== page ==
Teddy still insists he doesn’t want to go to school in the morning, despite doing very well once there. His grades are great (he got a reward certificate to Applebee’s which was a win for all of us!), he enjoys his teachers, he gets along with the other students, and seems to fit in as a regular kid. At a parent conference, his teacher told me how Teddy is able to help other students in the class when they don’t understand the work, so then when he needs physical assistance, kids help him like it’s no big deal; it doesn’t feel like a one-sided relationship. Everyone is helping everyone; Teddy needs help doing some things just like everyone else. As the school figured out how to accommodate his chair, they gave him freedom to move around like other kids. He has an aide, but she’s not hovering around him, preventing him from interacting with the other students or just being a kid. In fact, if you ask him, Teddy insists he doesn’t have a one on one aide; he just happens to have three teachers in his classroom. All in all, I couldn’t be happier. At this point, I don’t think he’ll do summer program again, but I’d like him to continue at the public school next year.Teddy, for his part, continues to ask about being homeschooled again. But the homework! For first graders! My child is away from me all day and now his school work creeps into the few hours I have to enjoy with him! I think this is why ultimately, I will homeschool him again…just hopefully, not right away.
6. My feelings regarding being tied to a school schedule, or THREE school schedules to be exact, require their own take. Frankly, I don’t like it. I miss our spontaneous outings, and I hate planning my days around making sure someone is here for bus pick ups and drop offs. But, I know that, in reality, having everyone home wasn’t always beach trips and fun, spontaneous learning opportunities.
And with older kids, there is so much more learning that NEEDS to happen. A morning off, or last minute field trip requires work to be done another time. I used to schedule playdates, nature walks, etc. all the time without a second thought. Now, even with Edie and Byron, while we have some flexibility in when we do the work, it still needs done.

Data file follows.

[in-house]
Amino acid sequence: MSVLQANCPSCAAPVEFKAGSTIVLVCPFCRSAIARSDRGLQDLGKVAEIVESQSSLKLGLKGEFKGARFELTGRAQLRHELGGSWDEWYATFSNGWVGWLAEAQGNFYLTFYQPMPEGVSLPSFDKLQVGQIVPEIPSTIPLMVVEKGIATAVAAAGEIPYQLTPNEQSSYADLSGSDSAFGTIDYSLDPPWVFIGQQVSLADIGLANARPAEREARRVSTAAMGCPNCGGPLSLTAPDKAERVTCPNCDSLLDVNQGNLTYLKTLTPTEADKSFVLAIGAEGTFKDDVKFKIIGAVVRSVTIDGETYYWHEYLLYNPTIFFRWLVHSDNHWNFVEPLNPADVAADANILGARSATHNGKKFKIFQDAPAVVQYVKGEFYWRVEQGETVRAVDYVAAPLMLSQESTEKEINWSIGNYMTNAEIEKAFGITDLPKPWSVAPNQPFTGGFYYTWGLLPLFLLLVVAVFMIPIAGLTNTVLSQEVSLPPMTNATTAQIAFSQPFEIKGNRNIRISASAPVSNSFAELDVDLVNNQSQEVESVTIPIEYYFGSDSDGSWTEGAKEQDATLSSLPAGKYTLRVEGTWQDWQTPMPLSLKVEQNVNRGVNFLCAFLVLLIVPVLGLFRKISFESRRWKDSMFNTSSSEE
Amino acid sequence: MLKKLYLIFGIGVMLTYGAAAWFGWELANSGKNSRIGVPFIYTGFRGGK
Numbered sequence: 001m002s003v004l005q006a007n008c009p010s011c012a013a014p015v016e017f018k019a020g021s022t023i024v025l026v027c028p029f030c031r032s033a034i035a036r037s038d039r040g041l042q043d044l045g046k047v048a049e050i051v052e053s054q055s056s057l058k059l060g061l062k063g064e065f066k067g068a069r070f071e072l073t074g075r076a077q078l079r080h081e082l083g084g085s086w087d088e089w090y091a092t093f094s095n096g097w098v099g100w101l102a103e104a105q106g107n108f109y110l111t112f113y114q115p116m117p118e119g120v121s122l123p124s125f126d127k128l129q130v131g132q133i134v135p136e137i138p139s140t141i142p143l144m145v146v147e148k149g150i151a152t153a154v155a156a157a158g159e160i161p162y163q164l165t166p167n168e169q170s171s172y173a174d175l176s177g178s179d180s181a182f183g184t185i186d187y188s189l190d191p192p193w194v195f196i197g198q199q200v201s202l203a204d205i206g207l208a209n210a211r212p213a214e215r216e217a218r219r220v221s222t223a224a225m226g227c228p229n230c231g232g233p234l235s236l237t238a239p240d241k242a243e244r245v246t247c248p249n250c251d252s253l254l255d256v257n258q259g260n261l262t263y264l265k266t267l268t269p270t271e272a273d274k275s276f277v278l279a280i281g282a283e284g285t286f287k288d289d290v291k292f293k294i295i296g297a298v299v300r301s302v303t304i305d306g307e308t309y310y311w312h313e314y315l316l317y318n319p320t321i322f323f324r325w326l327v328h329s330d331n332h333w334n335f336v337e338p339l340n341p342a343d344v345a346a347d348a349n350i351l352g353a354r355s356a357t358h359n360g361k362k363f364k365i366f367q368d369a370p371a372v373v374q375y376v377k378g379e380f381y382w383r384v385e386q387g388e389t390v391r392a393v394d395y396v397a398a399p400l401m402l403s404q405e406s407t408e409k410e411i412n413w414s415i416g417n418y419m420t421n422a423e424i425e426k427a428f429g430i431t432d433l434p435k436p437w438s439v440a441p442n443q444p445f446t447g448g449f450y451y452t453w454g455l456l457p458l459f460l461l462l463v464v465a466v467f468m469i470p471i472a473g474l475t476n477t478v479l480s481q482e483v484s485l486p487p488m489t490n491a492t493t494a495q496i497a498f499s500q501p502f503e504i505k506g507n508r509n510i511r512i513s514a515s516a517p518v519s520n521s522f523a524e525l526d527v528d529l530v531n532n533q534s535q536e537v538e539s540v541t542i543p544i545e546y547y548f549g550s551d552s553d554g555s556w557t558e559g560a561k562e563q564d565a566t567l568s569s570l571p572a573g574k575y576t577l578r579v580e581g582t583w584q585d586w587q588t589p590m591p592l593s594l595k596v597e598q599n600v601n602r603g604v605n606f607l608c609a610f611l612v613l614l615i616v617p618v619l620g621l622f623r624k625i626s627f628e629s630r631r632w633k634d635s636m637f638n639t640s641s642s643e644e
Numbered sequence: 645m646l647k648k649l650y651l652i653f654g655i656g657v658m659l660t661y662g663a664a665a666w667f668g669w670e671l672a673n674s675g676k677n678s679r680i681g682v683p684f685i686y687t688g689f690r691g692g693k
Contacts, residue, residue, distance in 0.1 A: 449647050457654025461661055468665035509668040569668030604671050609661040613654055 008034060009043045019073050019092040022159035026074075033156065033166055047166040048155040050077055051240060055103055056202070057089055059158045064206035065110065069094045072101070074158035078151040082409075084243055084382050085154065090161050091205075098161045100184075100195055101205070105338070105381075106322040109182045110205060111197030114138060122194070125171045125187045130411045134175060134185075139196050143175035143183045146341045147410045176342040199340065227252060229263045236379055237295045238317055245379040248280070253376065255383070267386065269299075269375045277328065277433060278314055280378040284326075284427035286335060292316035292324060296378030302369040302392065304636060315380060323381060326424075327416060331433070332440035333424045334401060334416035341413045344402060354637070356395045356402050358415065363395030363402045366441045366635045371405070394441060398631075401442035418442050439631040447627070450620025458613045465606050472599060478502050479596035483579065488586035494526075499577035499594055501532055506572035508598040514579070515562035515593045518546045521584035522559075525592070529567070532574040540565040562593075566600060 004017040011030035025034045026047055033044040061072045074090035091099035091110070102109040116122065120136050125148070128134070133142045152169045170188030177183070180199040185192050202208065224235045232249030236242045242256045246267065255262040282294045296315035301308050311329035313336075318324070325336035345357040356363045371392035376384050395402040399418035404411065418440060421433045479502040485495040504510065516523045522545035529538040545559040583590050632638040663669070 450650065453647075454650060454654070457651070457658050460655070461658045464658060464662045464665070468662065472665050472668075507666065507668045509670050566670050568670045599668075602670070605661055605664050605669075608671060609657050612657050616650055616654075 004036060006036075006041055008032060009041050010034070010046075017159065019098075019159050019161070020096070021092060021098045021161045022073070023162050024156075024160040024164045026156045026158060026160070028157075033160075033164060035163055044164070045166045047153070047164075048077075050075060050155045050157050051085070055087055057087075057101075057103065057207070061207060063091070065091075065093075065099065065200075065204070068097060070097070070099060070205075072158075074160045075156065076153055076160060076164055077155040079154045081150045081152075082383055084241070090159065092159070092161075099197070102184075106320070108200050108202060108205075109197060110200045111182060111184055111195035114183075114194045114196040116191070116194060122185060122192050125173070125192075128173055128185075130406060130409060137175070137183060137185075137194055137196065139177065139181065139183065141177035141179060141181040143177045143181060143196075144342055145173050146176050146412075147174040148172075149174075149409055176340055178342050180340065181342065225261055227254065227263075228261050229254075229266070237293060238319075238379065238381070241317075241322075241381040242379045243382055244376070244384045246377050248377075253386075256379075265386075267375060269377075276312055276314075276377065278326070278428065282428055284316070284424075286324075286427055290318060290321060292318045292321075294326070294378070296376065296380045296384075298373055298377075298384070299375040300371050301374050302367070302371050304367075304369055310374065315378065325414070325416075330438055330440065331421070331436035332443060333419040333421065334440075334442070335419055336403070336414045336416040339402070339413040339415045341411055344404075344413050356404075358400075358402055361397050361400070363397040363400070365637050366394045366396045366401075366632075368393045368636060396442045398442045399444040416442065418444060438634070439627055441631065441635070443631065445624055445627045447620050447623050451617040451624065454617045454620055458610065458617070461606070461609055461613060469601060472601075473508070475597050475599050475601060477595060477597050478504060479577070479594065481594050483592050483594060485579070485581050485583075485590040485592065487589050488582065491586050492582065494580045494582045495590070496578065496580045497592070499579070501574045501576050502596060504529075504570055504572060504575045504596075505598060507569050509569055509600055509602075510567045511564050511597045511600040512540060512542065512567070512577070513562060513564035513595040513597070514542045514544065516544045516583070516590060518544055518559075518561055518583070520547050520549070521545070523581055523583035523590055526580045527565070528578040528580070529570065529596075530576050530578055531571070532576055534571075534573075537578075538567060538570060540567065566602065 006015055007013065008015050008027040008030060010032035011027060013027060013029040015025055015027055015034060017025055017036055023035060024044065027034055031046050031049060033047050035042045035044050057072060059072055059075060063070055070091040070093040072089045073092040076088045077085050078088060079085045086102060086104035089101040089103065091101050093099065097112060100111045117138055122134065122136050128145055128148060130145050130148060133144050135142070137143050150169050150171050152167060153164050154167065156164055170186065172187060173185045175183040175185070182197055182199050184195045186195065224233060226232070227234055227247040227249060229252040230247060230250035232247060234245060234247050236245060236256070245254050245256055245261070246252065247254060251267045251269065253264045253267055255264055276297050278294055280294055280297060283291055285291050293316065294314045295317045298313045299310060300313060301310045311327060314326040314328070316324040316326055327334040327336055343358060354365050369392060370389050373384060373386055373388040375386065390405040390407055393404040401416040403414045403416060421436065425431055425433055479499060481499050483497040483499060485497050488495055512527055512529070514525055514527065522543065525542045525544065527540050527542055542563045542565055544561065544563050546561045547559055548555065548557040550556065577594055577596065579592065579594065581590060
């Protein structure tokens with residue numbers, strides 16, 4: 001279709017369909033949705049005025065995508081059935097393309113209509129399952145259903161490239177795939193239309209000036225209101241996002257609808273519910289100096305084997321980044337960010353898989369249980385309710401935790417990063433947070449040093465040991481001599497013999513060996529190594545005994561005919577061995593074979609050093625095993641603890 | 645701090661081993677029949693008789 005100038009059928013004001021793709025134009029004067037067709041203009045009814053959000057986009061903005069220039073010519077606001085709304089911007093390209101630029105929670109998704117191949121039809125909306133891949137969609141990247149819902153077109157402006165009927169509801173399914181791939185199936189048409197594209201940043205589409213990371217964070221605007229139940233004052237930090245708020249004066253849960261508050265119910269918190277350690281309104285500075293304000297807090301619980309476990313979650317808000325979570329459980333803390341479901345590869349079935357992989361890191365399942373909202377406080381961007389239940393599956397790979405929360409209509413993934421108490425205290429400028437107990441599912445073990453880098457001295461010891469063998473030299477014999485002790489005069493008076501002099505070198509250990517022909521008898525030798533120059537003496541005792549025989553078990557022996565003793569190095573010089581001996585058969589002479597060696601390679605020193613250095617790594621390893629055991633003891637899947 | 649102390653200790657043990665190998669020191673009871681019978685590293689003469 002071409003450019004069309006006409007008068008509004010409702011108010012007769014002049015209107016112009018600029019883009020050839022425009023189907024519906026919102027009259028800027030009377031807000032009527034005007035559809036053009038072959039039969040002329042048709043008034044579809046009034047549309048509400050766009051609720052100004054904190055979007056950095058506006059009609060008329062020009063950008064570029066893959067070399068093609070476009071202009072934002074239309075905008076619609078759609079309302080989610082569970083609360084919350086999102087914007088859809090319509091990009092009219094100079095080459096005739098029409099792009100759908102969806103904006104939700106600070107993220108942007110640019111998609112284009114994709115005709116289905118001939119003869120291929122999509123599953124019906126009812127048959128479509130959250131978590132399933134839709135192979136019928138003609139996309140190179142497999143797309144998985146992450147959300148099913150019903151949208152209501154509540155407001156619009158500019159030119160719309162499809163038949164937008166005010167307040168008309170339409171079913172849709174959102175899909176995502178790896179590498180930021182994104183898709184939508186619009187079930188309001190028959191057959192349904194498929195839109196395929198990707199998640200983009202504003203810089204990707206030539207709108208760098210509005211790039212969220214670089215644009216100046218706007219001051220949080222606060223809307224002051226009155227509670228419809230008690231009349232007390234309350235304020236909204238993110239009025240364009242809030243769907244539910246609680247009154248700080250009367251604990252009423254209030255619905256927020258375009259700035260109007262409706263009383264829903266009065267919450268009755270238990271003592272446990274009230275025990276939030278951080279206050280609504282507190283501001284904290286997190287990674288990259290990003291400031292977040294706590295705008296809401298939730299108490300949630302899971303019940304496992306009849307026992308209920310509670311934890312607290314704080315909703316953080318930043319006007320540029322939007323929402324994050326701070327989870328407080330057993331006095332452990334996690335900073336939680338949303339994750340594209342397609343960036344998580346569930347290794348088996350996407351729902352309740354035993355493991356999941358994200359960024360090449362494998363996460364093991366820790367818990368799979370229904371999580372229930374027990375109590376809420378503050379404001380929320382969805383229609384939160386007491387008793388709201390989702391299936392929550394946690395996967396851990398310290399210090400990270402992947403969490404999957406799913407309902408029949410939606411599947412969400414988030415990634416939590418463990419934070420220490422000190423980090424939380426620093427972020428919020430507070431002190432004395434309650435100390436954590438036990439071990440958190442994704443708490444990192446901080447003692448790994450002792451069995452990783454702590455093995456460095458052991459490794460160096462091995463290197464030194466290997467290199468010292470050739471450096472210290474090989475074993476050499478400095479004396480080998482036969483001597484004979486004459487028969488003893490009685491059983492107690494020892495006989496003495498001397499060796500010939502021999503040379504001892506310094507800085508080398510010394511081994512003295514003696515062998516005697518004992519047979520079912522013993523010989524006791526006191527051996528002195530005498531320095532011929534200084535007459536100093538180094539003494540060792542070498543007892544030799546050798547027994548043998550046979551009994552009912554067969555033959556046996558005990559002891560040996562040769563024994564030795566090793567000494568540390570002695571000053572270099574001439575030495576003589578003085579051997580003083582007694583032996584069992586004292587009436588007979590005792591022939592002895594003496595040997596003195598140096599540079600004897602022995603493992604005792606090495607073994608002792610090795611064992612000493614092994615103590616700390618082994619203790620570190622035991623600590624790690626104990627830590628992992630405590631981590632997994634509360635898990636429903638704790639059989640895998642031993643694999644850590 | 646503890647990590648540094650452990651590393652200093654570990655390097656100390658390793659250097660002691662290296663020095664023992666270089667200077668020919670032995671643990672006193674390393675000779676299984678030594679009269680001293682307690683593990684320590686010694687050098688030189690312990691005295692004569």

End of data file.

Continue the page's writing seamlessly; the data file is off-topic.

So, in general, there’s this transition from school being this laid back care free endeavor we all did together at home (when I wasn’t screaming or stressed out), to there being a lot more deadlines and necessary work for everyone. Surprisingly enough though, if I must be honest, I am more laid back now, with the two youngest in school, than when I was homeschooling everyone. Circumstances were such for awhile that the demands on my time were greater in number and severity and so while, in theory, we could be more laid back, our homeschool really wasn’t. It is in accepting help from outside schools, even with their schedules and homework, that homeschooling, for the rest of us, resembles the ideal I strove for for years against all outside obligations. So while I write about hating school schedules, they have actually been very good for us. Humpf.
7. And what of Tony and I? Although he still works from home many days, our daily walks have dropped off in number. I hope with more daylight hours and better weather, we’ll resume our habit, perhaps later in the evening. I’m still exercising daily and feeling like I should be getting more done in a day, but ultimately doing just enough without feeling burnt out in the process (so long as I’m in bed between 9:30 and 10 p.m.). I wrote it before but, truly, my life feels like it has margins. I’m no longer pushed to the limit of every minute. I probably could do more, but I don’t think it would make me happier. I don’t want to be lazy, or settle into sloth, but I enjoy the pace of my days now and it seems better for everyone that way.
How is your school year going? I would love to hear what’s working, what’s not, and how you balance it all. Write it down then link it up below in Seven Quick Takes! Be sure to include a link back to this post so your readers can find the rest of the Quick Takers! I look forward to reading your posts!
I’ve definitely noticed how my friends with older kids can’t be as footloose and fancy free with their schedules as we are! It makes me appreciate our relative flexibility all the more, although you’re right that a schedule definitely can be helpful. I’m VERY much looking forward to warmer temperatures and more outside time + outings!!
Hey…my daughter, Heidi is in QHA in 10th grade as well. She just told me that Addie is in her religion class. Small world! 🙂
This has been my worst homeschooling year (it’s our tenth), unfortunately. The combo of moving to high school level, introducing a kindergartner to the mix, and having baby number eight in the middle of it all — I have questioned the wisdom of homeschooling many times this year. I’m hoping this Easter break will give me some energy and motivation to push on til May!
We enrolled Olivia in QHA after hearing about it on your blog. She loves it and we just enrolled her for next year too.